New influencer disclosure crackdown as UK regulator investigates the extent to which influencers are clearly and accurately identifying any commercial relationship.
A UK regulator is clamping down on social media influencers who fail to properly declare when they have been paid, or otherwise rewarded, to endorse goods or services.
The Competition and Markets Authority (CMA) - the UK watchdog responsible for consumer protection - announced today that as part of an investigation it had written to a range of social media influencers to gather more information about their posts and the nature of the business agreements they have in place with brands.
Where influencers are paid or rewarded to promote, review or talk about a product in their social media feeds, consumer protection law requires that this must be made clear.
The CMA investigation is considering the extent to which influencers are clearly and accurately identifying any commercial relationships, and whether people are being misled. If the CMA finds practices that break consumer protection law, it can take enforcement action.
The key piece of consumer protection legislation relevant to the CMA’s investigation is the Consumer Protection from Unfair Trading Regulations 2008 (CPRs). Amongst other requirements it is a banned practice to use editorial content in the media to promote a product where a trader has paid for the promotion without making that clear in the content or by images or sounds clearly identifiable to the consumer.
Bringing influencers to book isn’t straightforward however. Ultimately, only a court can decide whether a particular term or practice infringes the law.
The CMA is working closely with the Advertising Standards Authority (ASA) in this area. The ASA is the UK’s independent regulator of advertising across all media. In March 2018 the ASA issued a call for evidence to find out more about what types of labels help people to understand when the online content they see, hear and interact with is advertising.
Last month Made in Chelsea star, Louise Thompson, became the latest social media influencer to be reprimanded by the ASA, for failing to disclose that one of her Instagram posts was paid for. A complainant challenged the ASA questioning whether the post by Channel 4 structured-reality regular was obviously identifiable as a marketing communication.
Lack of effective disclosure erodes trust with an audience. The most recent figures from the ASA reveal there were 1,824 complaints about content on social networking sites in 2016, up 193% from 622 in 2012.
Influencers currently use a range of hashtags or disclaimers in post descriptions or titles. Creators also use Instagram’s ‘Paid Partnership’ feature to flag posts as brand sponsored according to a new report by CampaignDeus*, an independent influencer marketing benchmarking and evaluation firm.
There is significant variation both in the usage of different ‘admarkers’ and in their impact post on engagement rates.
The most popular admarker by some distance is #ad, with just over 60% of posts using this. This also has the lowest negative impact on engagement rate.
Instagram’s ‘Paid Partnership’ feature performs the worst reducing engagement rates by over 30% compared to influencers’ non-sponsored content.
Influencer marketing company Buzzoole has published a report that reveals #ad and #sponsored posts on Instagram grew by 44% in the first six months of 2018, compared to that of 2017.According to a Talking Influence article Buzzoole observed stats, including the number of sponsored content created by the ‘creators’, the overall engagement driven by influencer-generated content and the verticals that have invested most in the space to conduct the findings.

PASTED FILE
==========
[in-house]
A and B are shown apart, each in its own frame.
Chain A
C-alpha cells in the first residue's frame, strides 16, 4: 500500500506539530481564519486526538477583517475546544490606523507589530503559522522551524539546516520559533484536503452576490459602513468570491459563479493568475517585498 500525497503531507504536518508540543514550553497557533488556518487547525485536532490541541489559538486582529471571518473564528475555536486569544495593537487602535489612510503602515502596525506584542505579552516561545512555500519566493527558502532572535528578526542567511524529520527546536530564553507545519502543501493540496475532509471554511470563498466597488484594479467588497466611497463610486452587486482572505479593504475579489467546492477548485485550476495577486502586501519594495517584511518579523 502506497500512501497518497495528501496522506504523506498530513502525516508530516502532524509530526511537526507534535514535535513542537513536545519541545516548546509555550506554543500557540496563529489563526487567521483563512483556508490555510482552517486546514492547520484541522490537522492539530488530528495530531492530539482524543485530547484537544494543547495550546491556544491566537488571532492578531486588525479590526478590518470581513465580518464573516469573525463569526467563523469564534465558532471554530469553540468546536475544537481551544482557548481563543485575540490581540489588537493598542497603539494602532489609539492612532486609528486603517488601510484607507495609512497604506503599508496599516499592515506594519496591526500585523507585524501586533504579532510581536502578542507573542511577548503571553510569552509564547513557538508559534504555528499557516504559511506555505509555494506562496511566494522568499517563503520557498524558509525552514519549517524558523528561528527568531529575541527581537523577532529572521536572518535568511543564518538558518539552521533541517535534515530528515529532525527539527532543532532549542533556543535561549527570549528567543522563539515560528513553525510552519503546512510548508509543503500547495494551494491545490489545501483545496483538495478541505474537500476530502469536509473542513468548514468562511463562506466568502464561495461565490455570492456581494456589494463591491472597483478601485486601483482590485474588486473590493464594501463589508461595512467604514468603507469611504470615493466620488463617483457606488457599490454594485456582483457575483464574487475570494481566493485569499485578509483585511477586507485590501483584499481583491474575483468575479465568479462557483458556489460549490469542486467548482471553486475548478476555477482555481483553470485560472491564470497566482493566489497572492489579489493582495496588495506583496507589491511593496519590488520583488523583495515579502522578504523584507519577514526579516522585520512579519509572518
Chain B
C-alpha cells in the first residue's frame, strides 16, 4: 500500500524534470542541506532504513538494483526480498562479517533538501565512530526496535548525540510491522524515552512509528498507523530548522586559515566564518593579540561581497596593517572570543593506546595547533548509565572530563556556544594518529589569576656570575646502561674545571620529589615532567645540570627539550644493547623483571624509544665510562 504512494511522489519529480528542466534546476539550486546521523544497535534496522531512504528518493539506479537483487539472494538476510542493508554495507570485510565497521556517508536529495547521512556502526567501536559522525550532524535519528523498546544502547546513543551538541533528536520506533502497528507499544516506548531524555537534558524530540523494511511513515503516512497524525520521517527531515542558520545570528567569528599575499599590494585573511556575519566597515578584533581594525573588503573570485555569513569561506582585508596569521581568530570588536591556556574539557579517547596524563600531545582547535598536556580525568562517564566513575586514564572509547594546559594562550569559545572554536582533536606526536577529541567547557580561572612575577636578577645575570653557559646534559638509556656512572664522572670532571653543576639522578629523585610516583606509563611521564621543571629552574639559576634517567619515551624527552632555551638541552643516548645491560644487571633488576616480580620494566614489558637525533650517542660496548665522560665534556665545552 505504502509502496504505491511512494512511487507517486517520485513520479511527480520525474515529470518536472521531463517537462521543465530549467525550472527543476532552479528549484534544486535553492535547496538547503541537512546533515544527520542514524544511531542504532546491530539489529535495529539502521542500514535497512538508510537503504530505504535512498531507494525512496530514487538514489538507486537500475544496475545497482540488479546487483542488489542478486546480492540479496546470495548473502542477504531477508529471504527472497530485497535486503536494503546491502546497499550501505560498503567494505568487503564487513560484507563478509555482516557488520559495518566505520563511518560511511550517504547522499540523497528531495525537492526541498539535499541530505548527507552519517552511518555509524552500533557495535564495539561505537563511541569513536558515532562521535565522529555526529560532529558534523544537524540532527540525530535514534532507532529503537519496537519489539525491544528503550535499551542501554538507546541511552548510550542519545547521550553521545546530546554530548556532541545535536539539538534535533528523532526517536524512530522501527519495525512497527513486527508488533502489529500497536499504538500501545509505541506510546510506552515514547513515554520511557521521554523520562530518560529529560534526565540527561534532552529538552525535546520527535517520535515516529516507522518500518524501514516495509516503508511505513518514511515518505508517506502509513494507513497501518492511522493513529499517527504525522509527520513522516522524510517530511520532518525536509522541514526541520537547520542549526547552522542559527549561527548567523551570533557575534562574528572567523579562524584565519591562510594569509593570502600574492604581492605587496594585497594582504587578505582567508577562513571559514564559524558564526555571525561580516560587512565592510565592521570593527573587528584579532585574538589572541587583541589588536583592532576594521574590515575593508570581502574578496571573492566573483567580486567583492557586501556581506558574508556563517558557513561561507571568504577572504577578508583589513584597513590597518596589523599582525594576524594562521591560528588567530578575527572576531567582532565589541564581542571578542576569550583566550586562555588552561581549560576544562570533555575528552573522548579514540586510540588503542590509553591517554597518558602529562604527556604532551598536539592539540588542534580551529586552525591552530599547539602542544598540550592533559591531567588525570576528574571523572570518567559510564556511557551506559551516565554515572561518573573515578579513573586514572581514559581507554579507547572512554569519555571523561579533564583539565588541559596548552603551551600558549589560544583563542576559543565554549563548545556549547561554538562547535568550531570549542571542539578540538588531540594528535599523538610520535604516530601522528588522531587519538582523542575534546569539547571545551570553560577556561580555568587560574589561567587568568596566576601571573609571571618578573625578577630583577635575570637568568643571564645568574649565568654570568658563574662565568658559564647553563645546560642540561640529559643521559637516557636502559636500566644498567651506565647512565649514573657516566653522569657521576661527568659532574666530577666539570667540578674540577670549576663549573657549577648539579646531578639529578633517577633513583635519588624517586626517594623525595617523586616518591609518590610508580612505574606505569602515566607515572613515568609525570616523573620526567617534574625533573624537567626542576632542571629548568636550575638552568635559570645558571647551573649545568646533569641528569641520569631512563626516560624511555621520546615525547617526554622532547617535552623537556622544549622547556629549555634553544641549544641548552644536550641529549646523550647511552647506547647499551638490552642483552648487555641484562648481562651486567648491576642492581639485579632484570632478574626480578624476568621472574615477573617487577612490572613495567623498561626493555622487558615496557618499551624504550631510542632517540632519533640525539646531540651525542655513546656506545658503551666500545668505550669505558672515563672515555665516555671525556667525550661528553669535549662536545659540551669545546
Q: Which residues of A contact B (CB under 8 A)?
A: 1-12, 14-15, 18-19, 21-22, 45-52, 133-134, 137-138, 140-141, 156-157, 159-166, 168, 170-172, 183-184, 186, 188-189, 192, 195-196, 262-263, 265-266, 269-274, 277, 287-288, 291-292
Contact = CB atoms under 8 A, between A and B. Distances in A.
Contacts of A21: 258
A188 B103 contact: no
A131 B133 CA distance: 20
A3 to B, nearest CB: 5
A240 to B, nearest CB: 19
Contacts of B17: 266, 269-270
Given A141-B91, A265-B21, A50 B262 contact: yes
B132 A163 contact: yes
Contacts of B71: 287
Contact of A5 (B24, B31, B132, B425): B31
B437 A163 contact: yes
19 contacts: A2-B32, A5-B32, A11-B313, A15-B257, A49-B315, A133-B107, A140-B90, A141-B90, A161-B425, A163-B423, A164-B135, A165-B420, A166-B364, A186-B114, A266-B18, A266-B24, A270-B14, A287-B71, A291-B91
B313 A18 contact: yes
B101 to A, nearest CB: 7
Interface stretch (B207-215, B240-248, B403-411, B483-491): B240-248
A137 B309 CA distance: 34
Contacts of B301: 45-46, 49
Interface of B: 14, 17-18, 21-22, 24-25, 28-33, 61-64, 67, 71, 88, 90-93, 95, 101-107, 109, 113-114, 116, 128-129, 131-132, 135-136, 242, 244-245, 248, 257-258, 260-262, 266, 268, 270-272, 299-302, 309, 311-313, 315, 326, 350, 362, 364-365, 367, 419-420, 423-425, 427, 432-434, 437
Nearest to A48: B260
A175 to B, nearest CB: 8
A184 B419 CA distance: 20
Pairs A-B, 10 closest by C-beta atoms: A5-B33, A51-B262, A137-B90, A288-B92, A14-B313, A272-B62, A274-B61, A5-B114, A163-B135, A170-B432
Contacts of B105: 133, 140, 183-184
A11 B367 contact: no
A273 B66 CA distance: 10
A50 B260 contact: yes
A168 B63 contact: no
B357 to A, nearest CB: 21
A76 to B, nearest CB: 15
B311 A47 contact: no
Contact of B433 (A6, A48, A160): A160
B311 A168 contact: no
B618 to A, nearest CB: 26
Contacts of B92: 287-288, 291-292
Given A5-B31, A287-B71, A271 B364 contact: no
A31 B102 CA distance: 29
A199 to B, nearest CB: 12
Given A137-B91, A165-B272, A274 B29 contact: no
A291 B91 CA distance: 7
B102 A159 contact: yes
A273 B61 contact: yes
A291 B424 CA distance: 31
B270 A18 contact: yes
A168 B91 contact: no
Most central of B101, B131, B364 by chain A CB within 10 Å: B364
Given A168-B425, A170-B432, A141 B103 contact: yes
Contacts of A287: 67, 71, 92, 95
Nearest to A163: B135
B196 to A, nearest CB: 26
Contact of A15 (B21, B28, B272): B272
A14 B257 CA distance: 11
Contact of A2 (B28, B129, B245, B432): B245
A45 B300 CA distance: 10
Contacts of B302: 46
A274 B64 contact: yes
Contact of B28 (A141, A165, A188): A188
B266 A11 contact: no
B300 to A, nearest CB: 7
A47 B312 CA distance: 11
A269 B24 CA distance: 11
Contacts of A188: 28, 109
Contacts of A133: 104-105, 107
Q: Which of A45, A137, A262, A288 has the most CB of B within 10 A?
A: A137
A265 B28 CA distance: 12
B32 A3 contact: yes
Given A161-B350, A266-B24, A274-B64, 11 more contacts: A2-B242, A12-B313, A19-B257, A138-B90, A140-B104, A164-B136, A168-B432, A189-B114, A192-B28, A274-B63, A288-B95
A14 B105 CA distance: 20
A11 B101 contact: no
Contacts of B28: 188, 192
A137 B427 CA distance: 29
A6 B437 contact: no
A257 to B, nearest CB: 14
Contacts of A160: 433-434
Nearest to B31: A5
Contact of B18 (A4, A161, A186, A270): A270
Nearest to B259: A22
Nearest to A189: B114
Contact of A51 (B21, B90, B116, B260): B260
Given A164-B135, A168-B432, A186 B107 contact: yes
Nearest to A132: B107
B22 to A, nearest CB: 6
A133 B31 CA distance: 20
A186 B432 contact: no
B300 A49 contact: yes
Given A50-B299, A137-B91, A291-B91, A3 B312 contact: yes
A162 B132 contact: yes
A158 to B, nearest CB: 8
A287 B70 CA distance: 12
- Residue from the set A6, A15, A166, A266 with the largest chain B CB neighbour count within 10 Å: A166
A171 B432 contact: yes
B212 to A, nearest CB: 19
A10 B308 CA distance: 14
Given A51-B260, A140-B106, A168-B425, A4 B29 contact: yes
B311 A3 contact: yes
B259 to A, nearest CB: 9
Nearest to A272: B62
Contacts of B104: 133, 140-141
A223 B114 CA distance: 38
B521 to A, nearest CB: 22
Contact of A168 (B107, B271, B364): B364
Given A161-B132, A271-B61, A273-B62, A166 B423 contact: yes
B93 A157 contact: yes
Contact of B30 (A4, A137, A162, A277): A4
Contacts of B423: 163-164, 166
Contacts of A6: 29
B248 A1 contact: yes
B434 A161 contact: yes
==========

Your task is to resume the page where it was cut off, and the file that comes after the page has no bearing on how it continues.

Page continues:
In March 2017 the Federal Trade Commission - the US regulator responsible for influencer marketing - started its own influencer disclosure crackdown. It sent 90 letters reminding influencers and marketers that influencers should clearly and conspicuously disclose their relationships to brands when promoting or endorsing products through social media.
21 of those influencers received a follow-up warning letter six months later citing specific social media posts the FTC staff were concerned might not be in compliance with the FTC’s endorsement guides.
As the influencer marketing discipline matures it enjoys growth spurts and suffers growing pains - just like any other nascent industry. Increased transparency, authenticity and compliance are central themes for the maturation process.
The Influencer Marketing Show held in London on 15th and 16th October features a panel discussion on transparency, authenticity and compliance. The debate will ask whether increased focus in this areas will kill or cure influencer marketing. I have been asked by the Influencer Marketing Show organisers to host this panel discussion. You can read more about the full two-day agenda here.
* I am currently a strategic advisor to CampaignDeus.
Scott Guthrie is an influencer marketing strategist, event speaker, university guest lecturer, media commentator on influencer marketing and active blogger. He works with brands, agencies and platforms to achieve meaningful results from influencer marketing. That tells you something about him but it's not giving you a lot of detail, is it? So, read more here.
How UK watchdog protects consumers from poor influencer marketing
UK influencer marketing watchdog seeks to clarify position
16 top influencers sign watchdog pledge for clarity on ads
Made in Chelsea star Louise Thompson scolded by advertising watchdog … again